Joseph Addai, Indianapolis Colts: Addai is a fine back, but he came into the NFL as a 23-year-old rookie and now is 26. He has yet to start 16 games in any of his three NFL seasons, and he managed just 12 starts last season. In the last two years, Addai has 416 carries, and his longest run is 23 yards. The first-round pick of Donald Brown by the Colts isn't a good sign that all is well for Addai. Even though we all hear that every team needs two running backs, no one says every team needs two high-priced running backs. Addai needs a big season or he might find himself in the same place Marshall Faulk and Edgerrin James did when they played for Colts general manager Bill Polian -- on the way out of Indianapolis.

Jamal Lewis, Cleveland Browns: Lewis hits his 30th birthday this summer, and that's a tough spot for any running back in the NFL. He had his standard 1,000-yard season in 2008, and his career 4.2 yards-per-carry average speaks volumes about his talent. But he only got in the end zone four times in 2008 after scoring nine times in 2007. A new coach in Eric Mangini means Lewis must deliver in 2009.

Wide receivers

Javon Walker, Oakland Raiders: Walker isn't exactly at the crossroads -- he's out in the middle of the intersection and letting his professional football career slip away once and for all. Walker has only one touchdown catch in the last two seasons, and he played in just eight games in his first year with the Raiders because of injury.

Nick Laham / Getty Images
Giants WR Sinorice Moss will have to fight to keep his roster spot.

Sinorice Moss, New York Giants: Moss has a role to play in the Giants' offense, but the team's two draft picks at wide receiver (Hakeem Nicks, Ramses Barden), the return of David Tyree and the reported improvement of 2008 draft pick Mario Manningham could make it tough for him to make the team.

Reggie Brown, Philadelphia Eagles: Brown was a rising star who never quite made it over the top. He should be in the NFL for years to come, but it might be as a solid receiver in a group of receivers. Can he do what Antonio Bryant did down in Tampa? Brown needs a big season in 2009 or the Eagles' offense will become the DeSean Jackson/Jeremy Maclin show.

Chad Ochocinco, Cincinnati Bengals: Last but certainly not least. He might want to change his name back to Chad Johnson -- things were a lot better in his football life when he went by that name. At 31, Ochocinco might have already hit the crossroads of his career and just doesn't know it yet. It is clear the Bengals are emotionally moving on without him at this point as they look to the receivers who actually show up for offseason workouts.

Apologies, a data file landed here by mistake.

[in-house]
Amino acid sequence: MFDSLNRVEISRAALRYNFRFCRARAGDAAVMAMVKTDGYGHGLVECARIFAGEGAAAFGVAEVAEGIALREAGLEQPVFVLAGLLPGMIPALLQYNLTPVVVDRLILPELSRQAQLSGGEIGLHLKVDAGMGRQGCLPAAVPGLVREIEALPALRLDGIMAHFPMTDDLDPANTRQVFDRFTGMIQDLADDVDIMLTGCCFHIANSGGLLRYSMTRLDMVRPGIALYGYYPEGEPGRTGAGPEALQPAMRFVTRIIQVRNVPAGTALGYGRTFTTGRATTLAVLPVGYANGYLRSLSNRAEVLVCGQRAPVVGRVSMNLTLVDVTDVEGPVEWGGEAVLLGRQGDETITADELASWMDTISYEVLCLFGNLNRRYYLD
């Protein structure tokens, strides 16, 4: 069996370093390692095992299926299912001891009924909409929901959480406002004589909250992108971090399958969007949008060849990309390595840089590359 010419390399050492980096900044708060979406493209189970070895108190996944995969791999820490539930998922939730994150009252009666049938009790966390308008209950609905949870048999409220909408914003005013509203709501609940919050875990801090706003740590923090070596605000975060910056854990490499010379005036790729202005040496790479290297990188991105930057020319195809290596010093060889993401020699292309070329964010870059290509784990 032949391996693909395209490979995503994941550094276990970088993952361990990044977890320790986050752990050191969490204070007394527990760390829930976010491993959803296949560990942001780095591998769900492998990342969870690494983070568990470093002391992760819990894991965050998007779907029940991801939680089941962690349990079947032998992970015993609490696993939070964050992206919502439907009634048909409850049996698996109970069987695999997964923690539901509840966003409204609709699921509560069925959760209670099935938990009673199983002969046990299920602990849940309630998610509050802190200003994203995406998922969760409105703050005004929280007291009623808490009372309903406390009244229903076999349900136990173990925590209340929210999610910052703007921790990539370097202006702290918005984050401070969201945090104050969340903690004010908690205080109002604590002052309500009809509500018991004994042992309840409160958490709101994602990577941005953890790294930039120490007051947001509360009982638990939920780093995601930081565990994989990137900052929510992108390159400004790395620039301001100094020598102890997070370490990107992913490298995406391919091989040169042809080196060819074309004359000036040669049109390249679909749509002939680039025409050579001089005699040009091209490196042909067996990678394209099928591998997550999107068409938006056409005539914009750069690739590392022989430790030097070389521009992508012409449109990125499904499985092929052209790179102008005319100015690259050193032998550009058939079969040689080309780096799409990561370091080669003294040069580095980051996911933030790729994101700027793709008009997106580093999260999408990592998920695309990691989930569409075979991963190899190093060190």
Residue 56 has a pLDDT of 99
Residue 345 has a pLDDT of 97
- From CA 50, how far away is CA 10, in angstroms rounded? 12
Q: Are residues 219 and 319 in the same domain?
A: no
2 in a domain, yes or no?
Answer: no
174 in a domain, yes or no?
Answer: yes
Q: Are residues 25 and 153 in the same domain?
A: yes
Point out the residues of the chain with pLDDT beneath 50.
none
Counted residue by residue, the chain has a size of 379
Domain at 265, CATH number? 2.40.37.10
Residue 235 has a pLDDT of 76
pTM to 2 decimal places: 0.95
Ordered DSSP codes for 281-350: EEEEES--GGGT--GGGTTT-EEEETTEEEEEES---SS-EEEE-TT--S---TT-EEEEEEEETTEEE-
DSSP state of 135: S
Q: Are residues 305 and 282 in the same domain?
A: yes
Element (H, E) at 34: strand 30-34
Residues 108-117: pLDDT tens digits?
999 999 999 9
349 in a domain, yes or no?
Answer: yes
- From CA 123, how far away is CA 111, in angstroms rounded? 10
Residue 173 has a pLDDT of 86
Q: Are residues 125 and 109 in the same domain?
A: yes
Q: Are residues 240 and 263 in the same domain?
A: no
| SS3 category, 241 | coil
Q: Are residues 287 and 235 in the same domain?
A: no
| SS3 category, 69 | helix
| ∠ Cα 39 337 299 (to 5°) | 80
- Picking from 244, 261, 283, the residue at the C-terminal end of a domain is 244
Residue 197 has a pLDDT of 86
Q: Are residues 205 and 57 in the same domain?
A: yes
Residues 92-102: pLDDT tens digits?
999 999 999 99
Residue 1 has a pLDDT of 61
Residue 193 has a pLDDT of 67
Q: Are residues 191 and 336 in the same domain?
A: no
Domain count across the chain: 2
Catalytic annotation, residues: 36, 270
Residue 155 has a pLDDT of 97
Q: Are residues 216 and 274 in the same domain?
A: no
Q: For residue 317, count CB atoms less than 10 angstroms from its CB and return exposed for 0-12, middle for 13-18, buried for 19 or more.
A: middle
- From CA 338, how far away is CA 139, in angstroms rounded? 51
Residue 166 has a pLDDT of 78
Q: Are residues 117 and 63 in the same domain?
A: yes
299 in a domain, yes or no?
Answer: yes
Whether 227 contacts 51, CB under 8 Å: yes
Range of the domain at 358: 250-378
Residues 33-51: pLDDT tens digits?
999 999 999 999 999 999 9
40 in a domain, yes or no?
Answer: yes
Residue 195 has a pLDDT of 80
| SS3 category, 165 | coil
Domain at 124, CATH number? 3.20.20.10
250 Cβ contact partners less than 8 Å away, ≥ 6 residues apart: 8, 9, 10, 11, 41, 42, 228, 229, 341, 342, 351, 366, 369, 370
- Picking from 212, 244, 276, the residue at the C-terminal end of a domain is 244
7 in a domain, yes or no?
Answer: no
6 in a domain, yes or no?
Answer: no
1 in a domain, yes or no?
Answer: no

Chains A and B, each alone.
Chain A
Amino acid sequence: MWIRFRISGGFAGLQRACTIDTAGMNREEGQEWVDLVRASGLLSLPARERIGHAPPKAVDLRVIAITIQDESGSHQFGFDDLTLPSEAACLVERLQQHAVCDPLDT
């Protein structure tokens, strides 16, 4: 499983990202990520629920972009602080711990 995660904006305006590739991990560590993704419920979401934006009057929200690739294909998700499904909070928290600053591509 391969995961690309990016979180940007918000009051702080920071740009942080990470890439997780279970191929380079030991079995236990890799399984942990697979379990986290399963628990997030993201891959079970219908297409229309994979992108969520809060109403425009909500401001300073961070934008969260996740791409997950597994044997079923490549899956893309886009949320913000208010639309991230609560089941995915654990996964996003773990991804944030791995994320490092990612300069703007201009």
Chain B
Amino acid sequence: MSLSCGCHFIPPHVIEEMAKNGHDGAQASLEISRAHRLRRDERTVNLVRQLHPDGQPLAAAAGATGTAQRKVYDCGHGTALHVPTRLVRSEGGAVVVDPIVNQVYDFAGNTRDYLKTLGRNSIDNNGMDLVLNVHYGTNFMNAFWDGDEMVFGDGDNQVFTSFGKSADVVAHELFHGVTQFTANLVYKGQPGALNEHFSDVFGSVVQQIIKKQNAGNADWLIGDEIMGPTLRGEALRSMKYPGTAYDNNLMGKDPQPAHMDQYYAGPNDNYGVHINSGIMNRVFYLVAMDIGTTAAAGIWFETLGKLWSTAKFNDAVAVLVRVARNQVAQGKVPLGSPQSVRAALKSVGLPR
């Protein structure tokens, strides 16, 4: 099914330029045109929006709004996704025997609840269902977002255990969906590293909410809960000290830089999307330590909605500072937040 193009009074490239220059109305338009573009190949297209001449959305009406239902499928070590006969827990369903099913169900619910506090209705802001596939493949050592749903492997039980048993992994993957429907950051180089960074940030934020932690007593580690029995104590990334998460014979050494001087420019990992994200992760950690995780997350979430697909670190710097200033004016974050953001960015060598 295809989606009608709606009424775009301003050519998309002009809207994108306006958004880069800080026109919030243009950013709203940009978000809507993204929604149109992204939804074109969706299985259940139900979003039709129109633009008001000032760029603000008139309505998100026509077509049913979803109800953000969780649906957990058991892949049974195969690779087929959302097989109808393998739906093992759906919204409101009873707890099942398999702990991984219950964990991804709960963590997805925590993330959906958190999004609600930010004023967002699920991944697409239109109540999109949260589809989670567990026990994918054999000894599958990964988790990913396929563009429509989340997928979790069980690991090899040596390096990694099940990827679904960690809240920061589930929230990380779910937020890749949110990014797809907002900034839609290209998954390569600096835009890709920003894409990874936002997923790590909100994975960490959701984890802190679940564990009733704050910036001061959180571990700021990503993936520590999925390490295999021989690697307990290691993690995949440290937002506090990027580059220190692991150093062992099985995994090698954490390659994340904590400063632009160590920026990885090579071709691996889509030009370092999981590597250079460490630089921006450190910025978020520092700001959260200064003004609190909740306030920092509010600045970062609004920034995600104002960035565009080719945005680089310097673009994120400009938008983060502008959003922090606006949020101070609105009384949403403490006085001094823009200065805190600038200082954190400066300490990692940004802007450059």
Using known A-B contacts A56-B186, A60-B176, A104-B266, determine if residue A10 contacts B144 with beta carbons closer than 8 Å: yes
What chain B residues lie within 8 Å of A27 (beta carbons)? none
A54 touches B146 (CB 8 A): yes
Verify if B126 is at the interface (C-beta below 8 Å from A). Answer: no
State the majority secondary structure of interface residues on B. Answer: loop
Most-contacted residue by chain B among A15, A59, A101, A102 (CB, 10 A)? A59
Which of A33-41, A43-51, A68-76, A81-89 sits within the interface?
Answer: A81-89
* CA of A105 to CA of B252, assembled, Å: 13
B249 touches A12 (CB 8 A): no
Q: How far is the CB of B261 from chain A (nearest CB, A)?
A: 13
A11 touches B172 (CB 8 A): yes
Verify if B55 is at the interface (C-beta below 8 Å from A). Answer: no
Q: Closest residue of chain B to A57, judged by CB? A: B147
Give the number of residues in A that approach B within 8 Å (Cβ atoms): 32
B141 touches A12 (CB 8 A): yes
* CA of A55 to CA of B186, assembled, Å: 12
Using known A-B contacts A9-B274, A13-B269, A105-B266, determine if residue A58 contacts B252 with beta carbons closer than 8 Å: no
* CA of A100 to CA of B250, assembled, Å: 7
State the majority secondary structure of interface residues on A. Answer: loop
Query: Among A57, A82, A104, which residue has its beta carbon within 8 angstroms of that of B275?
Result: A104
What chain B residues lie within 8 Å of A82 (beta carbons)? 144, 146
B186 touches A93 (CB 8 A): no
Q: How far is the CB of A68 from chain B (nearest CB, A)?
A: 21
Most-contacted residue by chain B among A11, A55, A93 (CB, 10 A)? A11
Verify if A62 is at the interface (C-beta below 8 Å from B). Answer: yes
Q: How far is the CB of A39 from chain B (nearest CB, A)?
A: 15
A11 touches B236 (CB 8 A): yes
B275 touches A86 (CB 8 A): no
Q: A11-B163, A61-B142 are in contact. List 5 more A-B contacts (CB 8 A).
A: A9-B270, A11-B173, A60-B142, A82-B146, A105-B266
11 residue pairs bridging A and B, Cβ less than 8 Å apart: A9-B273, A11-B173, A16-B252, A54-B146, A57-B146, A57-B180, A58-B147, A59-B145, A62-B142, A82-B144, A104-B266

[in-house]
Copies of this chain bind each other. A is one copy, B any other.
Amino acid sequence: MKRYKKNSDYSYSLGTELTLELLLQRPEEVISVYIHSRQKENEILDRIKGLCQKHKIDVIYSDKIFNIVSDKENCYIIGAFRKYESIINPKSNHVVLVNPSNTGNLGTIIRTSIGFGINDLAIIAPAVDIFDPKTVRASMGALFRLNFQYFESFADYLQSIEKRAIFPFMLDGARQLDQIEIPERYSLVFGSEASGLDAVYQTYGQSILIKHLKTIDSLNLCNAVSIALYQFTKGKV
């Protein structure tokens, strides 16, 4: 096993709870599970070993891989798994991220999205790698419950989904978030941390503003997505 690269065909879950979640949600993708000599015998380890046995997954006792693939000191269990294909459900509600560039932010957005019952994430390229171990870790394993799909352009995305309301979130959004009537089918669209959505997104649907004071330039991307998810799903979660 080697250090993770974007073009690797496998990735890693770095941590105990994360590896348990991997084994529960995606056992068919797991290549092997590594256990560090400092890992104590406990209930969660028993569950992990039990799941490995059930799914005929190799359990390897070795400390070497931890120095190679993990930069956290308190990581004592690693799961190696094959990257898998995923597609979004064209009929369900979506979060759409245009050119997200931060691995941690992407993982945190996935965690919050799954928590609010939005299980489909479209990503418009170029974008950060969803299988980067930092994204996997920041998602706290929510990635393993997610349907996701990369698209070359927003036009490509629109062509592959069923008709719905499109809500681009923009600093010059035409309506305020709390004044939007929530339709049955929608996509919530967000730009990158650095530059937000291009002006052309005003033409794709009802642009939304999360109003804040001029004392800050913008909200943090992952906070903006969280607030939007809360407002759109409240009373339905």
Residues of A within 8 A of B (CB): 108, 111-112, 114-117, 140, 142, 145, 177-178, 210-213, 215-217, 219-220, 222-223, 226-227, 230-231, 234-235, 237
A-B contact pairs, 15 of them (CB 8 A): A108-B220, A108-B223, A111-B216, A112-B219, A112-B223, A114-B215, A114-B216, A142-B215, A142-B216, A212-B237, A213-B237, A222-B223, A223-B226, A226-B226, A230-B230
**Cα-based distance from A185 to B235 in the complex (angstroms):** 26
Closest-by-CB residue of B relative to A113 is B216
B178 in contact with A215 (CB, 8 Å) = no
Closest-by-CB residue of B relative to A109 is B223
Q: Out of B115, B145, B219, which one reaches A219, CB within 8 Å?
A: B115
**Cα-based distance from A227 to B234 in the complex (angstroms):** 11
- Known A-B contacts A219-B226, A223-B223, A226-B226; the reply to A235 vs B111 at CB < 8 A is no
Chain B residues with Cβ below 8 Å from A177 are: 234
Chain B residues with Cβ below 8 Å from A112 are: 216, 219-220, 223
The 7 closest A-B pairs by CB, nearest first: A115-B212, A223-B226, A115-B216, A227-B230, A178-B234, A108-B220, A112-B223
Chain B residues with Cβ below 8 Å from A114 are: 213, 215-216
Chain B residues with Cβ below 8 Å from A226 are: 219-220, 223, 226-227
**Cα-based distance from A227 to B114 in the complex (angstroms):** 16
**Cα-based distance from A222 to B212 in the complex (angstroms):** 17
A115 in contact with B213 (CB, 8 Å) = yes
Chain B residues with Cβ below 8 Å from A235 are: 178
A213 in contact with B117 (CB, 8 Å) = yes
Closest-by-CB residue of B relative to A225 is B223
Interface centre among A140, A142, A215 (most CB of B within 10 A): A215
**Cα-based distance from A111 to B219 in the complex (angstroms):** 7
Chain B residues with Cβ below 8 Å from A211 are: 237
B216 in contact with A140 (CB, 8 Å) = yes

More and more, this looks like the last season in Cincinnati for Ochocinco. And when you consider it has been a fairly long time since he has entertained people with his end-zone antics, Ochocinco has a lot of work to do to regain his old form. He should take a lesson from Keyshawn Johnson, who had three solid seasons (two in Dallas, one in Carolina) after turning 31, averaging 71 receptions and five touchdowns. I have a feeling Ochocinco isn't learning much from anyone these days, and it's a shame because he still has the talent to play this game at a high level.

Defensive players

Travis Johnson, DT, Houston Texans: A former first-round pick, the four-year veteran now has the pressure of Shaun Cody looking over his shoulder.

Tamba Hali, DE, Kansas City Chiefs: Hali must learn to play outside linebacker in the team's new 3-4 defense, and he has to regain his pass-rush skills.

Michael Huff, S, Raiders: Huff was a tremendous talent coming out of Texas in 2006, but he hasn't played up to his status as a first-round selection.

Charles Grant and Will Smith, DEs, New Orleans Saints: The Saints' bookends are two of the highest-paid defensive ends in the NFL, and they must produce in Gregg Williams' defense or things will change.

Competition is a driving force in professional sports, and all of these players should understand that they need to stand up and deliver. How hungry are they? We'll find out next season.